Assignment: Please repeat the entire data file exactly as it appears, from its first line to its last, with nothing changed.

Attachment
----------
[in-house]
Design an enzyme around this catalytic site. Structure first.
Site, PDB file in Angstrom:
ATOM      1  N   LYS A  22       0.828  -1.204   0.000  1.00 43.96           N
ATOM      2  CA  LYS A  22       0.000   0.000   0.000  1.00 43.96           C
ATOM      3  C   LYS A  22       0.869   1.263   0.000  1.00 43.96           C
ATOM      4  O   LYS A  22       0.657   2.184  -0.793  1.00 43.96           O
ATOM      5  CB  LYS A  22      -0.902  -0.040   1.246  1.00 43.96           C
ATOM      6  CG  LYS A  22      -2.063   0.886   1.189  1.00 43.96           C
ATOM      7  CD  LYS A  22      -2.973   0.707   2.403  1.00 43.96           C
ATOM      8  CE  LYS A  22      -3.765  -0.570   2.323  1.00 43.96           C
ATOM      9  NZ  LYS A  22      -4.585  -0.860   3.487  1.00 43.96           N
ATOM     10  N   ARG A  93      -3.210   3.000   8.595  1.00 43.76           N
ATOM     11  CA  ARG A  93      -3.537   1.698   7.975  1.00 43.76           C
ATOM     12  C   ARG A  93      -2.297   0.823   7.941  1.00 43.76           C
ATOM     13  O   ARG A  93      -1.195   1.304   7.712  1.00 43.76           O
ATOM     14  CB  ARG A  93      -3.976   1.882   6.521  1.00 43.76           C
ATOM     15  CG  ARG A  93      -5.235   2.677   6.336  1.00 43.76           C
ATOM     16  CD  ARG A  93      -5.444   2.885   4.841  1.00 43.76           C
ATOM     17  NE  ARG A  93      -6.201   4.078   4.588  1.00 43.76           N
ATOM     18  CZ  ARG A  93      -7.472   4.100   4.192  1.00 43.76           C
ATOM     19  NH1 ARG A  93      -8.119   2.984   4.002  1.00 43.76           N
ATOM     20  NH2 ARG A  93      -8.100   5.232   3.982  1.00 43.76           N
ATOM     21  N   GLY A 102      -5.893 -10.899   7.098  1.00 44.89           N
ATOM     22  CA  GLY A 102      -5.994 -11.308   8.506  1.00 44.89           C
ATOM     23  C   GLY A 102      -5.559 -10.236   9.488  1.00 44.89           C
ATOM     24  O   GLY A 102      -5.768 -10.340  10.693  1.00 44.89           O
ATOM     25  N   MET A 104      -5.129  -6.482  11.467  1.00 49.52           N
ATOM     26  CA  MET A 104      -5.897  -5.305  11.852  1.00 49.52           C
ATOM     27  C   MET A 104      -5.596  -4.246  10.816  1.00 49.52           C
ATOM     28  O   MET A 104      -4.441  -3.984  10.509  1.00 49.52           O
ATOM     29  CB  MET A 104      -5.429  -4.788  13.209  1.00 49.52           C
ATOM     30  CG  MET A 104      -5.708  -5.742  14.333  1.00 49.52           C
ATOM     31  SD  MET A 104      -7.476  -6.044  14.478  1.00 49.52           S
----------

[in-house]
Design an enzyme around this catalytic site. Structure first.
Site, PDB file in Angstrom:
ATOM      1  N   LYS A  22       0.828  -1.204   0.000  1.00 43.96           N
ATOM      2  CA  LYS A  22       0.000   0.000   0.000  1.00 43.96           C
ATOM      3  C   LYS A  22       0.869   1.263   0.000  1.00 43.96           C
ATOM      4  O   LYS A  22       0.657   2.184  -0.793  1.00 43.96           O
ATOM      5  CB  LYS A  22      -0.902  -0.040   1.246  1.00 43.96           C
ATOM      6  CG  LYS A  22      -2.063   0.886   1.189  1.00 43.96           C
ATOM      7  CD  LYS A  22      -2.973   0.707   2.403  1.00 43.96           C
ATOM      8  CE  LYS A  22      -3.765  -0.570   2.323  1.00 43.96           C
ATOM      9  NZ  LYS A  22      -4.585  -0.860   3.487  1.00 43.96           N
ATOM     10  N   ARG A  93      -3.210   3.000   8.595  1.00 43.76           N
ATOM     11  CA  ARG A  93      -3.537   1.698   7.975  1.00 43.76           C
ATOM     12  C   ARG A  93      -2.297   0.823   7.941  1.00 43.76           C
ATOM     13  O   ARG A  93      -1.195   1.304   7.712  1.00 43.76           O
ATOM     14  CB  ARG A  93      -3.976   1.882   6.521  1.00 43.76           C
ATOM     15  CG  ARG A  93      -5.235   2.677   6.336  1.00 43.76           C
ATOM     16  CD  ARG A  93      -5.444   2.885   4.841  1.00 43.76           C
ATOM     17  NE  ARG A  93      -6.201   4.078   4.588  1.00 43.76           N
ATOM     18  CZ  ARG A  93      -7.472   4.100   4.192  1.00 43.76           C
ATOM     19  NH1 ARG A  93      -8.119   2.984   4.002  1.00 43.76           N
ATOM     20  NH2 ARG A  93      -8.100   5.232   3.982  1.00 43.76           N
ATOM     21  N   GLY A 102      -5.893 -10.899   7.098  1.00 44.89           N
ATOM     22  CA  GLY A 102      -5.994 -11.308   8.506  1.00 44.89           C
ATOM     23  C   GLY A 102      -5.559 -10.236   9.488  1.00 44.89           C
ATOM     24  O   GLY A 102      -5.768 -10.340  10.693  1.00 44.89           O
ATOM     25  N   MET A 104      -5.129  -6.482  11.467  1.00 49.52           N
ATOM     26  CA  MET A 104      -5.897  -5.305  11.852  1.00 49.52           C
ATOM     27  C   MET A 104      -5.596  -4.246  10.816  1.00 49.52           C
ATOM     28  O   MET A 104      -4.441  -3.984  10.509  1.00 49.52           O
ATOM     29  CB  MET A 104      -5.429  -4.788  13.209  1.00 49.52           C
ATOM     30  CG  MET A 104      -5.708  -5.742  14.333  1.00 49.52           C
ATOM     31  SD  MET A 104      -7.476  -6.044  14.478  1.00 49.52           S